Read more: Amazon Drivers Are Hanging Smartphones in Trees to Get More Work

While the new program appears to be partly designed to limit full-time employees, Amazon also announced plans on Monday to hire 100,000 workers

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A secretive company that’s worked with Airbnb, Amazon, and Apple reportedly has a history of charging contractors to work for its corporate clients



a man sitting in front of a computer: A man works at a computer with a headset. Badias/Andia/Universal Images Group via Getty Images


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A man works at a computer with a headset. Badias/Andia/Universal Images Group via Getty Images

  • A customer service firm used by the likes of Apple, Amazon, Airbnb, and more has a history of exploiting the remote gig workers it recruits, according to a new ProPublica report.
  • Arise Virtual Solutions, which serves as a contractor to staff customer support teams, has seen booming business during the pandemic as it allows large corporations to easily hire and fire the people it contracts.
  • The report paints yet another picture of how workers in the gig economy are left vulnerable to exploitation.
  • Visit Business Insider’s homepage for more stories.

A customer service firm hired by the likes of Airbnb, Amazon, Apple, and Disney has seen a burgeoning business during the pandemic. But the 25-year-old firm also has a history of worker exploitation, according to a new ProPublica report.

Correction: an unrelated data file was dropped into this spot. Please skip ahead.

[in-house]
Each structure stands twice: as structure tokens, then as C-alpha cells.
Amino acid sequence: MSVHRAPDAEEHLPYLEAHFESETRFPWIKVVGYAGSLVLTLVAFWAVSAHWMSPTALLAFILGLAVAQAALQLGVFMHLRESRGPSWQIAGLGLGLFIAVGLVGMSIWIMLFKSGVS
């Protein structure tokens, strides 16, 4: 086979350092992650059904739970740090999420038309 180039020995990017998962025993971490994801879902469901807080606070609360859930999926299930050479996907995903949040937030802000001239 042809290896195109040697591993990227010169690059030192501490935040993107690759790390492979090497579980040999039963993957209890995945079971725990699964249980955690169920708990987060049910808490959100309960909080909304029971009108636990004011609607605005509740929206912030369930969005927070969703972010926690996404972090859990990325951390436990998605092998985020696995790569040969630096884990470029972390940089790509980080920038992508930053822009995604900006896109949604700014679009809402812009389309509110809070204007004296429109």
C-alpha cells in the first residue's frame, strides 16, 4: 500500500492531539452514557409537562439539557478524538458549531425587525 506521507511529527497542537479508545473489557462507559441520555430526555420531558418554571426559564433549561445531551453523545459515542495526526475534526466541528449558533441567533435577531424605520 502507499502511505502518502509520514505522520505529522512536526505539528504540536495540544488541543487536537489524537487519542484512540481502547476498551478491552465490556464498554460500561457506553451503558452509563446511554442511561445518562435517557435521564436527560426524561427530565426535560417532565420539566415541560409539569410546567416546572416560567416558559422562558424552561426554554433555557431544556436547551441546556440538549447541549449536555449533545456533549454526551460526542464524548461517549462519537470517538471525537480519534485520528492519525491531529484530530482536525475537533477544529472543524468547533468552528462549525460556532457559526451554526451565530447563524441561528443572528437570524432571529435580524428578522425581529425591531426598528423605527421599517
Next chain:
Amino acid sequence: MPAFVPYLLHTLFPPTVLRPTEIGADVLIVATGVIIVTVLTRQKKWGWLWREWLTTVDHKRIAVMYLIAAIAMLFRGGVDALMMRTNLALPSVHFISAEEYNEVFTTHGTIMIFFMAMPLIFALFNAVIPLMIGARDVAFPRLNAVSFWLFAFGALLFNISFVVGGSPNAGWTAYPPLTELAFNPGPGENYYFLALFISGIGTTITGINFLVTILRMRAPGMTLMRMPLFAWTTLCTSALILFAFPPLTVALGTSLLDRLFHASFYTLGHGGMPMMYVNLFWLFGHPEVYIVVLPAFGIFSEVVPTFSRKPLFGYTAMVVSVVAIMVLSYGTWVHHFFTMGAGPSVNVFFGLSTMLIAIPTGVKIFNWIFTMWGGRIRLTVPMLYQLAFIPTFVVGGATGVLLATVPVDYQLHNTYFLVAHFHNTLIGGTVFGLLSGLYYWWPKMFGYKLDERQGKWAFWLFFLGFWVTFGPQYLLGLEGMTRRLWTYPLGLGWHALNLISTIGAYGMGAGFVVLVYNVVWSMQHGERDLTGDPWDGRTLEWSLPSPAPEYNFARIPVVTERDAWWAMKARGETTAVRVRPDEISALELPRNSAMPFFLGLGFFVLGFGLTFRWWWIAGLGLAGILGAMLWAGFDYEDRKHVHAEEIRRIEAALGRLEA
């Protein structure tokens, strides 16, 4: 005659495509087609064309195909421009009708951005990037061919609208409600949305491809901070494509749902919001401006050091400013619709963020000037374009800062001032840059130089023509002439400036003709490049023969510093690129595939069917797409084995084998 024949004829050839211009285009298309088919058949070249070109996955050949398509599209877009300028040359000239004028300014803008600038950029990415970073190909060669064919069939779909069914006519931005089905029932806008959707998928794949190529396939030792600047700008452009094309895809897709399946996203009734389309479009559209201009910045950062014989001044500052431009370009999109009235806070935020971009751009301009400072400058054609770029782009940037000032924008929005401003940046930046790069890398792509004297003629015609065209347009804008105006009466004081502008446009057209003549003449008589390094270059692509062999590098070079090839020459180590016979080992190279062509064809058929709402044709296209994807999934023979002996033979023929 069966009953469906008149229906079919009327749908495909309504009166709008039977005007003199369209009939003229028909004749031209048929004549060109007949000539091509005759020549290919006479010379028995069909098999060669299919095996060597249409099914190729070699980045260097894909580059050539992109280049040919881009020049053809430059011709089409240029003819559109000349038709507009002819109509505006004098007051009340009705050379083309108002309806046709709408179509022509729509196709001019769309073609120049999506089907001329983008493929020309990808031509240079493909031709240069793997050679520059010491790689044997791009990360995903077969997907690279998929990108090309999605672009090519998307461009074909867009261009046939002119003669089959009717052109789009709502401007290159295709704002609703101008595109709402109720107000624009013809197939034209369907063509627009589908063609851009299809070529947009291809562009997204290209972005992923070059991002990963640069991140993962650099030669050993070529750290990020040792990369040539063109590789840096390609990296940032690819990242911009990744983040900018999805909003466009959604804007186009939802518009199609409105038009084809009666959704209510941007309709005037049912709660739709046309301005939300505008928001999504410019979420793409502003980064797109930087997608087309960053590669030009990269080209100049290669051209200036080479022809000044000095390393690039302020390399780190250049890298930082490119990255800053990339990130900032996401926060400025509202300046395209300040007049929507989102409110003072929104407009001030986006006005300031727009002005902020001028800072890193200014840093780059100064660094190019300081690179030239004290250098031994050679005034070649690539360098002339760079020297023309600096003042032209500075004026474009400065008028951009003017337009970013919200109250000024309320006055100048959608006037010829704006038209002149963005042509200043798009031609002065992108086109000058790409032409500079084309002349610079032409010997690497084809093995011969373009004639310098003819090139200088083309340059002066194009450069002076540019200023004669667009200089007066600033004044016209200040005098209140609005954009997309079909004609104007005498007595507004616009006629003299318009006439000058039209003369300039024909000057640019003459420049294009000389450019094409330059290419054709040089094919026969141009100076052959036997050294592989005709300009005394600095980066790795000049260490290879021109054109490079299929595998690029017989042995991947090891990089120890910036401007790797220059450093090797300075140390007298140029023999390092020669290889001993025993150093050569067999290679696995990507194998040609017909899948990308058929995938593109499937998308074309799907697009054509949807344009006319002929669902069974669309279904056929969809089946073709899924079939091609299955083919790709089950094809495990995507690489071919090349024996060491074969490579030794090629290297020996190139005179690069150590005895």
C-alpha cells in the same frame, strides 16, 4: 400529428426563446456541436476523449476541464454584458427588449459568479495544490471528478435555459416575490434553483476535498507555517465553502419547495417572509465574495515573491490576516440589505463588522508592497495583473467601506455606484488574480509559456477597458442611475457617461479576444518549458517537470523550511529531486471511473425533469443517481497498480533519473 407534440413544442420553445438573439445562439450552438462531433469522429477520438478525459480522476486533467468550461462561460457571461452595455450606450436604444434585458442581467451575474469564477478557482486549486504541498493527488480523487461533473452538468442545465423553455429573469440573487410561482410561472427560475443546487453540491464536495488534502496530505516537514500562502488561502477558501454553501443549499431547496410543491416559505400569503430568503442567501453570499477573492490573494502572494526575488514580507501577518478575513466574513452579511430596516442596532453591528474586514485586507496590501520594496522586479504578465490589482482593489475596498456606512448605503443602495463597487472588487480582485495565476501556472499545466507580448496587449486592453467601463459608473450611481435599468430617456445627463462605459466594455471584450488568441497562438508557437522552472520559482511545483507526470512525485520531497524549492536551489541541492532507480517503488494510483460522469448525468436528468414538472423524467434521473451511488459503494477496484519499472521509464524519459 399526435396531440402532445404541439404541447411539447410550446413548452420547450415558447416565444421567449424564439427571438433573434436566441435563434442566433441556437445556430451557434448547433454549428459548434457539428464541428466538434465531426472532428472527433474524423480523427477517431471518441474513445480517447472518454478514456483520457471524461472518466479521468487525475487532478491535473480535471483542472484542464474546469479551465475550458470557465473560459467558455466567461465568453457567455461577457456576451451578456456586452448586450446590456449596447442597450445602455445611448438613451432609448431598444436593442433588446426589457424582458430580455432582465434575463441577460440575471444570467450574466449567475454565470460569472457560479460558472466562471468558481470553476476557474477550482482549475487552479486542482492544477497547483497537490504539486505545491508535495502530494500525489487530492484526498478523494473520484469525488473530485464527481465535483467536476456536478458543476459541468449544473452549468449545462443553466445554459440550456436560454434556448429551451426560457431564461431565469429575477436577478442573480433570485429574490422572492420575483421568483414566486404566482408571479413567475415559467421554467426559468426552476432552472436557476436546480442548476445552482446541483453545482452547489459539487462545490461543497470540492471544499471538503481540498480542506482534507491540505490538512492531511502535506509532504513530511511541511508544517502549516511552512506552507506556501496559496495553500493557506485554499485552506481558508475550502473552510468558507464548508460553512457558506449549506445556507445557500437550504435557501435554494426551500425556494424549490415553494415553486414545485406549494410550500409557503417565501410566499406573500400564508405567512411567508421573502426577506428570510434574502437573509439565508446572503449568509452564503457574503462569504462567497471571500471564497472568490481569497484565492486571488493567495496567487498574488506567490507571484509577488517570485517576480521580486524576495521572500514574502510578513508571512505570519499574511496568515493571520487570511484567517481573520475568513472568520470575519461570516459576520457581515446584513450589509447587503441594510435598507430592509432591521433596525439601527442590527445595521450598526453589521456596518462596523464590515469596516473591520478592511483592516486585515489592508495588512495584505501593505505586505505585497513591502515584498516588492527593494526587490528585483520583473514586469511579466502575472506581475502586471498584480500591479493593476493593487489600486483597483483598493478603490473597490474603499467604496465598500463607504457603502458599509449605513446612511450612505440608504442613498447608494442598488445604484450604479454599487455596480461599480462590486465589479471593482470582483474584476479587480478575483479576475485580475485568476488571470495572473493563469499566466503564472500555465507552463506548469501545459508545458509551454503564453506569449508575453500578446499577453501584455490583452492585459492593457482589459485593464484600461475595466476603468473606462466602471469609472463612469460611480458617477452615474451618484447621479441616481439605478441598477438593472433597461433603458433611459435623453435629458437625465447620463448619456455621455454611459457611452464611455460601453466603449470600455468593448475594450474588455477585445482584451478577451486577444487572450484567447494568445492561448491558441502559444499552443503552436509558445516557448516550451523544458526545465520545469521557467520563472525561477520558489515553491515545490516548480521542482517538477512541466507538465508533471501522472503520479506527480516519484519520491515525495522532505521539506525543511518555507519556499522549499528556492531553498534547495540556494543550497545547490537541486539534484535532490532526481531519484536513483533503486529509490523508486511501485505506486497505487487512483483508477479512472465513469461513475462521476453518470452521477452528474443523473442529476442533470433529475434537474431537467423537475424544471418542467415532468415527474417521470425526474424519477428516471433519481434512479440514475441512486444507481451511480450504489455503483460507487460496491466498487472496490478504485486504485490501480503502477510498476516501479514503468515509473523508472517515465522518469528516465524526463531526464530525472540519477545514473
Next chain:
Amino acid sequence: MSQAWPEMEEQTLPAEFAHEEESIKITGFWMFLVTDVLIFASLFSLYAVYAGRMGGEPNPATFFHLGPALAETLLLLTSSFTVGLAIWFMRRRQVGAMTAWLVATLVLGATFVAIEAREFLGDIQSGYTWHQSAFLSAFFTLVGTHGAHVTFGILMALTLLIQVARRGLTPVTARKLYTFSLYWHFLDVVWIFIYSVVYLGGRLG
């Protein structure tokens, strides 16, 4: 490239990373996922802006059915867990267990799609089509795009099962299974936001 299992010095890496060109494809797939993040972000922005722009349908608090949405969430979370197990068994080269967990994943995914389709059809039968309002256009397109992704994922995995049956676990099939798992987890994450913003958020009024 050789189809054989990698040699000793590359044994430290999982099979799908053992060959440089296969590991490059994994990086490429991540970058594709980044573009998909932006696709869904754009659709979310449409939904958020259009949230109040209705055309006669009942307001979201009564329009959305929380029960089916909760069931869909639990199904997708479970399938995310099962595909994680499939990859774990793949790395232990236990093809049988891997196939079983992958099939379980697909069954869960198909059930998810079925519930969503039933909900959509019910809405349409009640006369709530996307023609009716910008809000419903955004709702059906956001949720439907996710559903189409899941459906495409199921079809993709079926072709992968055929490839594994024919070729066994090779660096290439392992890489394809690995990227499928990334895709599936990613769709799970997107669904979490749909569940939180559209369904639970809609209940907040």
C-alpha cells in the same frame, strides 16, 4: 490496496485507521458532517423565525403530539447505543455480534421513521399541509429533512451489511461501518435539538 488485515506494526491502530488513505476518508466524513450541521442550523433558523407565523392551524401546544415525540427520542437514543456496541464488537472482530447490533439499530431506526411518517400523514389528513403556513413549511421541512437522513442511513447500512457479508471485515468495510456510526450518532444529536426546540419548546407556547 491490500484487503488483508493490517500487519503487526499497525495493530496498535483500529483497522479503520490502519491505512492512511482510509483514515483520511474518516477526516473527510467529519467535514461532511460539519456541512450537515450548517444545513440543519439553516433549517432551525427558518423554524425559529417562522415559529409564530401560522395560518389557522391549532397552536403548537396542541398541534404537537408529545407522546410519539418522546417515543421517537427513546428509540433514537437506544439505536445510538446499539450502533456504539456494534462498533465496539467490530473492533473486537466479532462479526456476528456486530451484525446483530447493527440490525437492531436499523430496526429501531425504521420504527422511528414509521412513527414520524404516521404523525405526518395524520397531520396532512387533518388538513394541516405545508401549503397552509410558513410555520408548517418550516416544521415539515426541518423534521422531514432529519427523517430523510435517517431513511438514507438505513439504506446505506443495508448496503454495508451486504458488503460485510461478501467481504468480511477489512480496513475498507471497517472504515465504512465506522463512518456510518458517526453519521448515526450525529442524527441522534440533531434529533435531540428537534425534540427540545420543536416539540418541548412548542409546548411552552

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Arise Virtual Solutions acts as a middleman between gig workers — who, ProPublica reports, are mostly women and people of color — and big companies, pairing the remote customer service workers with large corporate clients. Arise’s clientele includes Amazon, Apple, AT&T, Disney, eBay, Peloton, Virgin Atlantic, and many others, according to the outlet.

The corporations are drawn to Arise’s services in part because of how quickly the firm can hire workers, the report notes. But Arise can also easily fire those customer service agents, without severance or insurance, in what is another example of how rampant worker vulnerability and exploitation can be in the gig economy.

Arise has been hit with federal class-action lawsuits since 2011, with workers alleging federal labor law violations and wrongful treatment of employees. ProPublica viewed hearings, internal documents, corporate contracts, and other records, as well as spoke with multiple agents for its investigation.

The

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The Best Stylish Shower Curtains That You Can Buy on Amazon

Shopping for a shower curtain can be a bit of a drag. Oftentimes, you just get a simple white curtain and cross your fingers that it won’t get moldy like your last one did. But as a fashionista and home decor enthusiast, you can do better than a boring shower curtain. There are plenty of cute options that’ll make your bathroom feel like a spa-like paradise—and if not, maybe it’ll at least feel like it reflects your sense of style.